A long weekend in Venice, Italy was a good reminder for me to share a few heads-up when you’re traveling out of the country.
-Make sure you pack at least two different credit cards, or a credit card and debit card. If one doesn’t work, you need a plan B. It happened to me when my MasterCard came up with the error message that some international connection couldn’t be made. In other words – the computers couldn’t talk to each other. If you’re traveling with your partner, a joint card isn’t the answer. If one of the cards is lost or stolen, it’ll cut the other one off, too. Better safe than sorry or your holiday won’t be very relaxing.
-If you’re traveling anywhere but the U.S. your credit card has to have the new chip technology. By now, probably every Canadian card has been replaced, but make sure. I needed to help three times in Venice when Americans couldn’t use their credit cards. It’s strange that the country who invented the credit card (and millions of people really wish it hadn’t been invented) still doesn’t have this chip technology. Without it – your card can’t be used in Europe and many other places.
-Get your money when you arrive. I watched someone at one of the big banks obtain $1,000 Euros. If he had done it in Europe, he’d have saved around $50. I walked up to the first ATM at the airport and got some money fee-free and at a much better exchange rate.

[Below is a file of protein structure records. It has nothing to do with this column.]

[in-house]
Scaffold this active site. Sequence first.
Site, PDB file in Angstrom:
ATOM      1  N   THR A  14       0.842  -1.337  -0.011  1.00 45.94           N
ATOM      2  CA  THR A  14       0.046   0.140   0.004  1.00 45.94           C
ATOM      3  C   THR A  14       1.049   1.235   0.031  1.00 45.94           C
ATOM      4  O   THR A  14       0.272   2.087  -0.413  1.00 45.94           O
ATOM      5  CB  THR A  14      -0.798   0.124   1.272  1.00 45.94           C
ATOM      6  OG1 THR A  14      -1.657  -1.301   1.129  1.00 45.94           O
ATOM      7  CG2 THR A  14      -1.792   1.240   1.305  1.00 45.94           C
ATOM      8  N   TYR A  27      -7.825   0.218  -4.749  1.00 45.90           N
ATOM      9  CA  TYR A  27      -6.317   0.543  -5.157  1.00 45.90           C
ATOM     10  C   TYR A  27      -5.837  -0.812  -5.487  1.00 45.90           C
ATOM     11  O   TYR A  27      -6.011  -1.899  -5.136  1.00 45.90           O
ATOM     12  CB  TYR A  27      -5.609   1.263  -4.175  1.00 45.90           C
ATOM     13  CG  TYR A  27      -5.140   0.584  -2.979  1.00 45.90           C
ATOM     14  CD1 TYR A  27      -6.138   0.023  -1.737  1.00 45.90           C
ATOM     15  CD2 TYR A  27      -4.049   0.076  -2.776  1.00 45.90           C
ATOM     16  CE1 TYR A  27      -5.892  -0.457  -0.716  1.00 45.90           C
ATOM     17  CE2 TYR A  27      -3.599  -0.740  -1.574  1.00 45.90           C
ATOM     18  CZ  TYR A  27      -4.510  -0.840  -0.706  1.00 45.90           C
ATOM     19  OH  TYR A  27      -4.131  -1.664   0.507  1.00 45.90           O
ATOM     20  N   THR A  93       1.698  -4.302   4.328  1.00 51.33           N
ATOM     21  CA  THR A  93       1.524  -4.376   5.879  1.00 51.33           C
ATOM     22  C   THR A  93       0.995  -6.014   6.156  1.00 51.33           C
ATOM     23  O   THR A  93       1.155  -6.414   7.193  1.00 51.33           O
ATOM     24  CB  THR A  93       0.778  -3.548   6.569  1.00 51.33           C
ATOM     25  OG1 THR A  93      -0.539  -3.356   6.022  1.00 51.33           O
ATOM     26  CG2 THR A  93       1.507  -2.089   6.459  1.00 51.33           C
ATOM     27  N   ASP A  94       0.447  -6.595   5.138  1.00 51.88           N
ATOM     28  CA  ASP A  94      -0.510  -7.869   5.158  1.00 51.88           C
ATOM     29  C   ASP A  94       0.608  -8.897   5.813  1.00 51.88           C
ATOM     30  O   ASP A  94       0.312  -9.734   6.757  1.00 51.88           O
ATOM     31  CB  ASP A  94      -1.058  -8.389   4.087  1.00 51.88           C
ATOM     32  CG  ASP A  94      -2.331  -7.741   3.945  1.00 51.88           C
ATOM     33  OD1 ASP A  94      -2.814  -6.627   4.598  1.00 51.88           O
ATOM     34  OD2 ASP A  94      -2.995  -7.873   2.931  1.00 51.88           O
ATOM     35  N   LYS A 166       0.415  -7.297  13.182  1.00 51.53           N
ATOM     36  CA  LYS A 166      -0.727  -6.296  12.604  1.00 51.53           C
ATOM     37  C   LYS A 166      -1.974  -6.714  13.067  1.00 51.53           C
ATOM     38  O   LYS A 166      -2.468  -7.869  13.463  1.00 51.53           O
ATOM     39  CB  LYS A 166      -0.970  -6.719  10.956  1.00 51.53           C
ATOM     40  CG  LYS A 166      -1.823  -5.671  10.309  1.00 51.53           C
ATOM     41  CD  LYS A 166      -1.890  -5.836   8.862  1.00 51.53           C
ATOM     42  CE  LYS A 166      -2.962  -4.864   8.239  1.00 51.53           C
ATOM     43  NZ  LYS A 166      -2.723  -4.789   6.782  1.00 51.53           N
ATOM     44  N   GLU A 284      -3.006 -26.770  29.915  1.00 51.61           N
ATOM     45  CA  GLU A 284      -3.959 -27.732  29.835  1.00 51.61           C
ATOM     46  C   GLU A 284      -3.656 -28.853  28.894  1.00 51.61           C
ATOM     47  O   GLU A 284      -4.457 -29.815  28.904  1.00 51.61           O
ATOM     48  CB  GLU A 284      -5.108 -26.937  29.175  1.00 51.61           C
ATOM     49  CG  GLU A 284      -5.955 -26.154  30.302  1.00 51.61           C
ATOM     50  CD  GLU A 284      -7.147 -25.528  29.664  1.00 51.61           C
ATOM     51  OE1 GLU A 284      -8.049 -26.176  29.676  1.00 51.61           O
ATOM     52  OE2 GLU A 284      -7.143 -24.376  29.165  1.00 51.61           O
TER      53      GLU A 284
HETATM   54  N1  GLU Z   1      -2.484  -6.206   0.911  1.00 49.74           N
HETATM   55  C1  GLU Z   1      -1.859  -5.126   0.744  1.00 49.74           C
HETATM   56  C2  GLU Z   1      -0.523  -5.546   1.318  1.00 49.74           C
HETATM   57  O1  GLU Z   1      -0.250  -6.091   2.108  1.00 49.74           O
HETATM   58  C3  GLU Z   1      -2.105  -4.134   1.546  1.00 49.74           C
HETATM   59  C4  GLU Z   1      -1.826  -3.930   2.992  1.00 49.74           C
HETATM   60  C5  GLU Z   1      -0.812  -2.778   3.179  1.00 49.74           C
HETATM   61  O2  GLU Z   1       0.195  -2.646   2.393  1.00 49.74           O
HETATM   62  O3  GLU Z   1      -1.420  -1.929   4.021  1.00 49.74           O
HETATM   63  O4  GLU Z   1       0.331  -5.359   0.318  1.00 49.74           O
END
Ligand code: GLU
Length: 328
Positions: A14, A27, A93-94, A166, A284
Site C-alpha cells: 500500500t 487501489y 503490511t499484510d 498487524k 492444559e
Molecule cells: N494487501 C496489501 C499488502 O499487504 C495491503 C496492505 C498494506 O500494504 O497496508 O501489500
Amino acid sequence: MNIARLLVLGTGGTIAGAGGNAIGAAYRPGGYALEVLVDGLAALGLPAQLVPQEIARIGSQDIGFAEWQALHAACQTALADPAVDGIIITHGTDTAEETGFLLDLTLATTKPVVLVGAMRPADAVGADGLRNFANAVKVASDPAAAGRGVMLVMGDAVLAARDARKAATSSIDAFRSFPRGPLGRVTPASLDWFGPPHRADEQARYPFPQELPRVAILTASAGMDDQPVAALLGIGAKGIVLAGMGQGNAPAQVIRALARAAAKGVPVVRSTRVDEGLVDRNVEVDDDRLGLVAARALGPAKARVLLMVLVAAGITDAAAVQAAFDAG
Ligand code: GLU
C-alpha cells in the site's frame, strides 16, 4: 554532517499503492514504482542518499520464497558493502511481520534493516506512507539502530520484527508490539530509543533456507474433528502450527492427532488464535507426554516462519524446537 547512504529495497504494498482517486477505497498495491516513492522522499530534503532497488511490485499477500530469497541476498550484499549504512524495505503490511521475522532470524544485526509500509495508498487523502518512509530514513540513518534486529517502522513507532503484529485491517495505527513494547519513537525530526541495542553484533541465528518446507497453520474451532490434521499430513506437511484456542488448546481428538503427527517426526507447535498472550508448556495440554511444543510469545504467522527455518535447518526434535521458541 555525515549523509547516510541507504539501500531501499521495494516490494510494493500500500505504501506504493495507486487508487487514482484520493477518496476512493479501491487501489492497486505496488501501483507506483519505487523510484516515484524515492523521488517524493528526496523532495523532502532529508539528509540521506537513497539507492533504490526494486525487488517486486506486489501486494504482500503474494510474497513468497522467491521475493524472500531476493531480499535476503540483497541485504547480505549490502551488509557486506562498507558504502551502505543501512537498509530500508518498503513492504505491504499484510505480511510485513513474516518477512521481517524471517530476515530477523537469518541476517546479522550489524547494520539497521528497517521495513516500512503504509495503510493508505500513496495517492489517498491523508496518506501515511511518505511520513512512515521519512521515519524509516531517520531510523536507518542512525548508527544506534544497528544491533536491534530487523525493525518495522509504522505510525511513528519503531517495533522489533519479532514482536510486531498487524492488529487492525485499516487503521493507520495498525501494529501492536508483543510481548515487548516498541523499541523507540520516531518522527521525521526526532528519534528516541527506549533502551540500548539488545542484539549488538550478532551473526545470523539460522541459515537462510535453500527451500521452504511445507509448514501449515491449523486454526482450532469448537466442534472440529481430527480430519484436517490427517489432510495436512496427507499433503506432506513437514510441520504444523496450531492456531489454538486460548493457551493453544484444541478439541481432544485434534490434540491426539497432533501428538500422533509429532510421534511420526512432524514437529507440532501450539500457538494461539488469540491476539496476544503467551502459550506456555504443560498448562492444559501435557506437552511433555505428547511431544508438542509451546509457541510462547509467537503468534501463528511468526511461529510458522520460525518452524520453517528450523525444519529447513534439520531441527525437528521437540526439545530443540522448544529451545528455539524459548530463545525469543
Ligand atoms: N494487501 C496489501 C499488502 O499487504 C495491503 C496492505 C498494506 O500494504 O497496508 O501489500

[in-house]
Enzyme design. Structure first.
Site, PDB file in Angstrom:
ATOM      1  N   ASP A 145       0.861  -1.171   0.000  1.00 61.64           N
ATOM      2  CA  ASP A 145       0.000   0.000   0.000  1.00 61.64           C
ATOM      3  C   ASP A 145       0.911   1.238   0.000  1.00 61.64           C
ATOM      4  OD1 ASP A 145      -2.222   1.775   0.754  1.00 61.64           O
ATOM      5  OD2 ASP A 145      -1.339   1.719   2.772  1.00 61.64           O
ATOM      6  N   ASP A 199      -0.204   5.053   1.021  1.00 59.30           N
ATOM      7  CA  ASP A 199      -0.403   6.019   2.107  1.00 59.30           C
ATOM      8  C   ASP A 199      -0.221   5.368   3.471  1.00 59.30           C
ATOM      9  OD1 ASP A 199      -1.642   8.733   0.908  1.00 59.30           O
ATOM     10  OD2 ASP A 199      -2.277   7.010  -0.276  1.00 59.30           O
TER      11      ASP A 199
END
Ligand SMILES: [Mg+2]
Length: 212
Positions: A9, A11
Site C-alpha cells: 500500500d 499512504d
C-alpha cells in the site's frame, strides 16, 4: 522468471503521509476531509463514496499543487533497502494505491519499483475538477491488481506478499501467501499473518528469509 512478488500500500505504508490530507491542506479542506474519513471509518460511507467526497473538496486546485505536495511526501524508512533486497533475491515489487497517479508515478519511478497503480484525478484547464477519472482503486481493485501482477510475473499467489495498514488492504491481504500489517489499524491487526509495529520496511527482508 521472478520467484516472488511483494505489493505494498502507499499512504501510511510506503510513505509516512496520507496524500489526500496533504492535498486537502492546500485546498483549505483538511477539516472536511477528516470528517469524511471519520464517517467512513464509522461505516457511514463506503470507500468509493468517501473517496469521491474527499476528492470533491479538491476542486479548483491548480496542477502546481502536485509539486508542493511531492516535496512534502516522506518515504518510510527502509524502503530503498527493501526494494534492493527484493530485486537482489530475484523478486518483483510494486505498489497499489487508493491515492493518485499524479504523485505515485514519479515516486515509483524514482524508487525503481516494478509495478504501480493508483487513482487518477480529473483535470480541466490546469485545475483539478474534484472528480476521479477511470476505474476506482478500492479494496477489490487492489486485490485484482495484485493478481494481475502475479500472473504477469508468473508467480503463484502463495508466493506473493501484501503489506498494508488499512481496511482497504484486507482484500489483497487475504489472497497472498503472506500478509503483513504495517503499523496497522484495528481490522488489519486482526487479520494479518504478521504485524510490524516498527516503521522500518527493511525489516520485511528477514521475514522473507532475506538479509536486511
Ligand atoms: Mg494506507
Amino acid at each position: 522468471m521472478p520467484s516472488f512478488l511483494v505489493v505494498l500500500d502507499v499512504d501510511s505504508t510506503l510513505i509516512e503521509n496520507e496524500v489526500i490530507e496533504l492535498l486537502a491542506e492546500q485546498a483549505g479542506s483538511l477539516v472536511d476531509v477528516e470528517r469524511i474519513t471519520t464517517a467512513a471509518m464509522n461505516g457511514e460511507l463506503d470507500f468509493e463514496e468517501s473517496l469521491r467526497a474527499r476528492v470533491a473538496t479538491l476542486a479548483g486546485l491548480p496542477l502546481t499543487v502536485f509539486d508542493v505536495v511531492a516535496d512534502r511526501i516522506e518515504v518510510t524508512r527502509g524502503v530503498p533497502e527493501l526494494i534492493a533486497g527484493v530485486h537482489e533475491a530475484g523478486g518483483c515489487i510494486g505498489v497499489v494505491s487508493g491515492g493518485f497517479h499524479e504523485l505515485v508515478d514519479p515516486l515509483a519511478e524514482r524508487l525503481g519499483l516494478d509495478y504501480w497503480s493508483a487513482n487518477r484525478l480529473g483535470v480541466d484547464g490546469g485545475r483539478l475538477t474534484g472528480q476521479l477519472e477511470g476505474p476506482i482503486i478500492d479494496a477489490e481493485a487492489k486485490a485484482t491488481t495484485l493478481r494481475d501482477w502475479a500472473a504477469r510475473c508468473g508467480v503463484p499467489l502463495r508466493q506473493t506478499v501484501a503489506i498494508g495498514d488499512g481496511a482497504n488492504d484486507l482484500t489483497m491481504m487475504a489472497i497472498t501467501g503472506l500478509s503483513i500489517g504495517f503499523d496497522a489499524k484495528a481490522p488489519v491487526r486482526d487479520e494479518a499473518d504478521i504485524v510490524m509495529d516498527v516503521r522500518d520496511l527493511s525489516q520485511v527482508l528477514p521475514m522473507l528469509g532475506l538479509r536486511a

On a personal note, if you’re ever heading to Venice, my suggestion would be to get a hotel outside the city. I stayed at the Best Western Airvenice for $51 a night (www.hotelairportvenice.com). It’s a 4-star, but the ratings in Europe aren’t the same as North America.
The hotel was immaculate and looked like new. There wasn’t a single thing out of place or worn down. Staying in 50 or so hotels a year, it was the nicest one I’ve stayed at in years. The hotel staff all speaks English, and at this hotel, or many others in the area, you’re a 20-minute train ride from Venice. If you want to be five minutes away, there’s another Best Western in Mestre. I’m glad I did stay in the suburbs after watching tons of people arrive in Venice itself and hauling around a ton of luggage through cobble stone streets. Then hauling everything up and down stairs over a ton of bridges with maps that are semi-useless in how the city is laid out. Trust me on this one…
By the way, if five days in Italy sounds exotic or expensive, it was a Lufthansa $700 all included seat-sale in February. When great seat sales come along, get the ticket to…wherever… and then figure out what you’re going to do there and why you’re going! With flight, hotel, and meals, I got there and back for under $1,000!